Yesterday, went off to see Star Trek Into Darkness (or Star Trekkin To Darkness, depending on where you put your space) for a second time because it was at a
nearby cheap seats theater, and because I really liked the film and can’t wait for it to appear in a buyable form. I think it’s really clever Star Trek, which is a relief, and I was surprised to find myself declaring it my favorite Star Trek movie of them all, apart from Star Trek VI: The Undiscovered Country which is probably unmovable at this point.
(At the concession stand, buying some popcorn, the nice girl behind the counter sold us Star Trek t-shirts, too. I hope they don’t keep offering T-shirts for films because I am a sucker for black t-shirts with things on ’em)
Anyway, it was good I’d already seen the film because it was kind of a wreck. First thirty minutes of the film, the theater lights were up. The sound was too loud (you would wince every time a high-pitched monster would scream) and the picture
wasn’t fitted to the screen, so any captions you needed to read were only a bit there. And then it all went horribly wrong halfway through when the picture vanished…and stayed vanished. People grumbled and came and went. We collected our stuff to go and discovered that the theater bulb had exploded, so we got free tickets for a different show (which makes me happy, in that Pacific Rim is coming to the cheap seats quite soon. AND WILL THEY SELL ME A T-SHIRT WITH GIANT ROBOTS AND MONSTERS ON IT? I HOPE THEY WILL)
So we went to the local mall to walk…only to discover that the mall’s ongoing remodeling meant that — inexplicably — they had brought in cranes and bulldozers and physically demolished half the mall. That was a new one by me. So we walked half a mall after seeing half a movie.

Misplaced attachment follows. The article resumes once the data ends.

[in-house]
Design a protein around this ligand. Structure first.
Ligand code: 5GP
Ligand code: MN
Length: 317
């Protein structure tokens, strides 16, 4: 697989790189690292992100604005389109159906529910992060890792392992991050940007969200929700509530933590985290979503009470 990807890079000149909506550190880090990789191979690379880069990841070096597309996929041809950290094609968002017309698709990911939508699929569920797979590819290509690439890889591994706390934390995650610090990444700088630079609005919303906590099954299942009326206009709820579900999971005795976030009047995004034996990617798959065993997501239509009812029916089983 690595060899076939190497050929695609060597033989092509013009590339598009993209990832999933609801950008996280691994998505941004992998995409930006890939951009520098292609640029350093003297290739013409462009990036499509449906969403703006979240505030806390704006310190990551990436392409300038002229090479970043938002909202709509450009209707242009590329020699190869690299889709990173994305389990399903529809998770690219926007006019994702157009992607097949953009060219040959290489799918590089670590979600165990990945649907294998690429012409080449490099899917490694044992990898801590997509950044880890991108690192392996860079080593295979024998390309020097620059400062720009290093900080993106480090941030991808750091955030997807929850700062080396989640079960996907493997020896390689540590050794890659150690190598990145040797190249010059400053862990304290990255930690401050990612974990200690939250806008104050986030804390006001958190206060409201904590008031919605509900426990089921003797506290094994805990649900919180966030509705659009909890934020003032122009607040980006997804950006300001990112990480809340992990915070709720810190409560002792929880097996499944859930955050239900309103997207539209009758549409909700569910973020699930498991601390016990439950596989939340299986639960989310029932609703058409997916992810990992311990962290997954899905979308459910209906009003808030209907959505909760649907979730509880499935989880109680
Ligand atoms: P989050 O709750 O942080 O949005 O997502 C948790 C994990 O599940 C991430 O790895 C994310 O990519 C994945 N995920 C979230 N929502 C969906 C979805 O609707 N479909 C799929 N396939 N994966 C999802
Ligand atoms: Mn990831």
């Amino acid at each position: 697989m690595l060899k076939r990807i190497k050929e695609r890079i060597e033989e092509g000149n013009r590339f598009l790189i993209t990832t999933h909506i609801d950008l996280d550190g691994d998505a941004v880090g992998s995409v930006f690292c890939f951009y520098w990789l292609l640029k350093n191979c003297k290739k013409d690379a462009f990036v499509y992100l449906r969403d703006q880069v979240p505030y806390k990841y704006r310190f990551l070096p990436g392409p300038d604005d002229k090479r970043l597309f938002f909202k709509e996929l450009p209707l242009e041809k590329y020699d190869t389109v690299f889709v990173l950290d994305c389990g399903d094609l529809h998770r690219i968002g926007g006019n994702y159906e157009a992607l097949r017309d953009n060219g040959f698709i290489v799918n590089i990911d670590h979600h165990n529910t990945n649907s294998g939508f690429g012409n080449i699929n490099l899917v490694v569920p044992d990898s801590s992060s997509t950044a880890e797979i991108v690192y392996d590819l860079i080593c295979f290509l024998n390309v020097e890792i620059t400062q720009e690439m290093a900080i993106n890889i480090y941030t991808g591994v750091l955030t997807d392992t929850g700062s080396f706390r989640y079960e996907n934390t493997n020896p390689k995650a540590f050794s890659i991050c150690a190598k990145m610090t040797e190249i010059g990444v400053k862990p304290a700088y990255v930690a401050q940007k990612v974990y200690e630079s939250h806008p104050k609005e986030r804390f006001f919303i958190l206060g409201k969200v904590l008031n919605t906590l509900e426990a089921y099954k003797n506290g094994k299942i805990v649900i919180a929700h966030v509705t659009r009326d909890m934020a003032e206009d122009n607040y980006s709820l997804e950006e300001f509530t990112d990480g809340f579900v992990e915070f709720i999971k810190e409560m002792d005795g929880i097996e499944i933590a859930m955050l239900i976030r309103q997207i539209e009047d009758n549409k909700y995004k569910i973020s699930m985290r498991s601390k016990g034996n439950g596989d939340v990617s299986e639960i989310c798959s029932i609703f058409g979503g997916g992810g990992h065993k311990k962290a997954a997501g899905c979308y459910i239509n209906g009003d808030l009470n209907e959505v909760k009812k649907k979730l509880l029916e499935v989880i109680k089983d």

I expected, when we went for dinner, that we would get halfway through our food and the restaurant would catch on fire or something, but the theme failed to continue.
“How’s the writing going?” Oh you know. It goes and it goes. Well, it doesn’t really. Very hard to carve writing space out of the day. Hard doesn’t equal impossible, though. I keep writing notes for this novel in my spare time — I’m calling it FUGUE right now, because it fits, but it’s not very descriptive or interesting so it may change.
I’m fascinated by the note-taking. I keep writing down situations I want to explore somewhere in the novel, and then they lead to more situations and ideas. If THIS
happens, then THIS character would react THUSLY and this would change a later portion of the book LIKE SO…
THe book isn’t outlined or particularly plotted. It’s has a plot but mostly a lot of room to explore a couple of people and the world in which they move, which is all I wanted. I have no idea how long a book this is gonna be. I thought it would be pretty short, practically a long-novella, but the more I explore my notes the more I realize I have to unpack and talk about. The trick is how long I can sustain a very quiet narrative about two people mostly failing to interact overtly before it gets boring. 200,000 words of that would have worked for Proust, but Proust I am not.
I have the first two long scenes full in my head. I know all about them. What happens right after that I actually have no idea, and I’m pleased that I’m not worrying about it at all. I just want to get these two scenes down clearly and then I’ll go from there.
And of course, it’s proving useful that I have BookRiot articles to write and books to read and maybe review. It’s useful to stop and wander off for a bit to kvetch in article form, then come back to the book. I like that a lot.
Right. Off to scribble some notes and then maybe get this scene moving.